Odzala-Kokoua National Park in the Congo is one of Africa’s oldest national parks, it was designated in 1935 and it received Biosphere Reserve status in 1977. Covering an expansive 13,500 km2 area, Odzala lies in the heart of the Congo Basin. The basin is the second largest rainforest in the world, spanning more than two million square kilometres across six countries and accounts for 18 percent of the world's remaining rainforest. The biological diversity and endemism found here are extraordinary, especially considering that humans have occupied the area for over 50,000 years. Today, the basin provides clean water, food and shelter to more than 75 million people. Despite the appearance of this breathtaking landscape, Odzala has had its share of ups and downs. Conservation efforts were very limited during the Congo Civil War from 1997 to 1999; several Ebola outbreaks threatened the gorilla and human population and led to the park being neglected, and victim to high levels of poaching for several years; and tourism was all but non-existent. ⠀

African Parks entered into a 25-year-long agreement in 2010 with the Ministry of Forest Economy to protect this globally significant park. Odzala’s expansive landscape, remoteness and dense habitat are all factors that contribute towards the challenges of managing such a park. Bushmeat poaching here has been and continues to be a significant threat, with almost 36,000 snares removed in the last year alone.  This is a major concern for Odzala’s western lowland gorillas, of which 20 percent of the remaining global population is found in the park. Odzala is a vast wilderness, but the threats are many, and the survival of Congo’s elephants and gorillas, and the long-term future of this historic park depend on our intervention.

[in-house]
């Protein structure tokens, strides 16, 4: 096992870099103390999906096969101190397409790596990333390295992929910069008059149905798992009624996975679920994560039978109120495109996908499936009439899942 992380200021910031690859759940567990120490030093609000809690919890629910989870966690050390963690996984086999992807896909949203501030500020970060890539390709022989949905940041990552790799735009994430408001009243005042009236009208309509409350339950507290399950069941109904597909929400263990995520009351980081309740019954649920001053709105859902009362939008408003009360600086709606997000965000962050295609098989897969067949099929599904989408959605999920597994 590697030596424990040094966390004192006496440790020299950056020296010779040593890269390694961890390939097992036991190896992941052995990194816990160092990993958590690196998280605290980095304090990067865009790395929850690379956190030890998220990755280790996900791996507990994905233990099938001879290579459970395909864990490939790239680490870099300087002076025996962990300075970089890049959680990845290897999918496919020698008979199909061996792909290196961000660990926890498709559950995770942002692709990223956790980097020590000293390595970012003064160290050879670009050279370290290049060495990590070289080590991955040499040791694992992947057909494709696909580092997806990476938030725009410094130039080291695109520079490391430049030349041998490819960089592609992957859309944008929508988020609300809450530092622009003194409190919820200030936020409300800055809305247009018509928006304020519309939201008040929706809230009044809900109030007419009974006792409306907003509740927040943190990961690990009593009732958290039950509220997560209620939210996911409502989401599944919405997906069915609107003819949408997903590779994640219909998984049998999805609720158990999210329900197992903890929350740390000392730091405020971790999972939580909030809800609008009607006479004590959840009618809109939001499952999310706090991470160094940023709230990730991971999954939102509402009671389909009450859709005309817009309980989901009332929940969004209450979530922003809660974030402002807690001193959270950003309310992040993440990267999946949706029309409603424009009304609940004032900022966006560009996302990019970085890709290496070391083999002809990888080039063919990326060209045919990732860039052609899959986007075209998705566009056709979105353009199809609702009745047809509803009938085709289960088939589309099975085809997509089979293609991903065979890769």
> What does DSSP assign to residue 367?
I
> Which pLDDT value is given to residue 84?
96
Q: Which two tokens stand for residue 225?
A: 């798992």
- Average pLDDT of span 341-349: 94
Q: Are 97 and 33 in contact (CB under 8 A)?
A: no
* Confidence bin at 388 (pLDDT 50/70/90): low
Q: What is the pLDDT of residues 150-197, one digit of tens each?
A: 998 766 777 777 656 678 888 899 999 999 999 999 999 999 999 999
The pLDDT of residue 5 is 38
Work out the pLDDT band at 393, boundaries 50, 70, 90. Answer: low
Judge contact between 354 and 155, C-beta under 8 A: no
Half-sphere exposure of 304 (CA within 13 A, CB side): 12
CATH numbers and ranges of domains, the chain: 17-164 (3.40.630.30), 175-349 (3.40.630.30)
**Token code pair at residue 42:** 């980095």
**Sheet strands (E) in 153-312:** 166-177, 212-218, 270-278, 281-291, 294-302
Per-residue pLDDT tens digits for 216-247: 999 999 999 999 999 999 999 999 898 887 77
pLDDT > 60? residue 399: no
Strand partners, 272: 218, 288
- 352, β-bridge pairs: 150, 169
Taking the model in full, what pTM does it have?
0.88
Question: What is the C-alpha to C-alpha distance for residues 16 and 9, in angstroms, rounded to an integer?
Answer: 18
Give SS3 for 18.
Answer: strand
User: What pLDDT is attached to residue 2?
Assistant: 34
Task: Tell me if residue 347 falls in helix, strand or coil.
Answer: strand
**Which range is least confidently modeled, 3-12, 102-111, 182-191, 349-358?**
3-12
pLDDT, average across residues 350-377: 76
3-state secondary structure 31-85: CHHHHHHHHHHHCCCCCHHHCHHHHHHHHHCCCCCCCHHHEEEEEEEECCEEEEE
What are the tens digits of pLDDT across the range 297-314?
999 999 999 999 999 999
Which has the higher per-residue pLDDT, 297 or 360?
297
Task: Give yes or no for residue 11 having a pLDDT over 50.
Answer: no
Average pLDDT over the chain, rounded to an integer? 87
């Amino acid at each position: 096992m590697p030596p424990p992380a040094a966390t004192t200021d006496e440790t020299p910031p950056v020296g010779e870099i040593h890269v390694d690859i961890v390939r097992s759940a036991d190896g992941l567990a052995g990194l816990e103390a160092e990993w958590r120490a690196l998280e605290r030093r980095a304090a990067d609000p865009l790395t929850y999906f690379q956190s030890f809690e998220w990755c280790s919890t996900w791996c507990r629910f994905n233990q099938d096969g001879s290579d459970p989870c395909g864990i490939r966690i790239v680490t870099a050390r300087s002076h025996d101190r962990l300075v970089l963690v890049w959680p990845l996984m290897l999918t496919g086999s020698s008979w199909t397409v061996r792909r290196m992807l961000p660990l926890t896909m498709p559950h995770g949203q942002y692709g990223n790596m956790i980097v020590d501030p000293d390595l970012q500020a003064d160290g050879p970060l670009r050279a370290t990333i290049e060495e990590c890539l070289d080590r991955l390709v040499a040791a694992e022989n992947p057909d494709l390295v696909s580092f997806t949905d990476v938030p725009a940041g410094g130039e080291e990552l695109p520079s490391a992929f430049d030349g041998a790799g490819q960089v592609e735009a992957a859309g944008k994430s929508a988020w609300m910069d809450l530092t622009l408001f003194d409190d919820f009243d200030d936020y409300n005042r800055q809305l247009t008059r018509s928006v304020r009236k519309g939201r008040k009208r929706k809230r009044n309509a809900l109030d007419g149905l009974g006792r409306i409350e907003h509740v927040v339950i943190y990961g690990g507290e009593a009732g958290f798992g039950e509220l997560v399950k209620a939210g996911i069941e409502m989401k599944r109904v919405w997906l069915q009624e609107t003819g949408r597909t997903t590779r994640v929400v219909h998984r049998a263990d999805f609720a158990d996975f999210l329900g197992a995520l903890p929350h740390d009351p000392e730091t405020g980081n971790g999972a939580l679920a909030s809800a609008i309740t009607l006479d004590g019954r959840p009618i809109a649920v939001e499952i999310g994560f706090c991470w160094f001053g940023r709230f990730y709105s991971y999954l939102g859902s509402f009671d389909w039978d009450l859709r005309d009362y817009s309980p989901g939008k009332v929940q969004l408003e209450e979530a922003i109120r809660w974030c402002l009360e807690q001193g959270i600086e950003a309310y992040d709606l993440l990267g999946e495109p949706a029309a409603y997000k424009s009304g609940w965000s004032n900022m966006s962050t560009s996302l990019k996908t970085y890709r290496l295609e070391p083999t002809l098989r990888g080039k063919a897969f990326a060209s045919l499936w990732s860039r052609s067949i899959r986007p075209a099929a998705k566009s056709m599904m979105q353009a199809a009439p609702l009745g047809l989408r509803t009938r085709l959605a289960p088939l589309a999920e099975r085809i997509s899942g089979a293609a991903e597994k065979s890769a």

Ivory and bushmeat poaching remain a constant threat, but with over 100 eco-guards patrolling the 13,500 km² park African Parks is working to protect the park’s iconic wildlife. We have recruited, trained and deployed many new rangers to monitor the salt licks where animals congregate. This not only deters poaching but habituates wildlife to human presence, boosting the park’s tourism appeal.

By working closely with local communities and implementing innovative solutions to curb poaching, including mobile healthcare units for surrounding communities and gorilla habituation programs to increase tourism, these projects are yielding impressive results for the long-term sustainability of the park.

Odzala-Kokoua Highlights

  • Rangers in Odzala were able to arrest a high-profile elephant poacher in 2016, and thanks to the collaboration with the Mbombo village, accomplices were also arrested and handed over to authorities.
  • Central Africa is at the centre of the bushmeat crisis where snares and poaching are rampant, in 2017 Odzala confiscated 32 tonnes of bushmeat and 15,977 rounds of ammunition
  • Wildlife populations are showing signs of recovery, 12 forest elephants are being monitored with satellite collars. Since the introduction of effective law enforcement, many forest elephants have moved back into the park area.
  • A gorilla habituation programme, carried out by the research and monitoring team, is yielding positive results that will benefit future tourism opportunities in the park.
  • The mobile clinic completed its third year in 2017, delivering treatment to 900 people who cannot afford, or access, medical care in this remote corner of the Congo.
  • A livelihood diversification project has planted 40,000 cocoa seedlings outside the park, 30,000 of the cocoa plants are now producing fruits, providing an alternative revenue stream to illegal bushmeat poaching.
  • The park has three upmarket tourist lodges, Lango, Mboko and Ngaga Camps, which are directly managed by the Congolese Conservation Company contributing needed revenue for the park and local communities. 
  • A female eco-monitor has been trained in animal care for confiscated or injured wildlife to ensure their survival.


Odzala-Kokoua National Park is managed by the Odzala Fondation – a partnership between African Parks and the Congolese government. African Parks took over the management of Odzala-Kokoua in November 2010 under the terms of the partnership agreement with the Government of the Republic of Congo.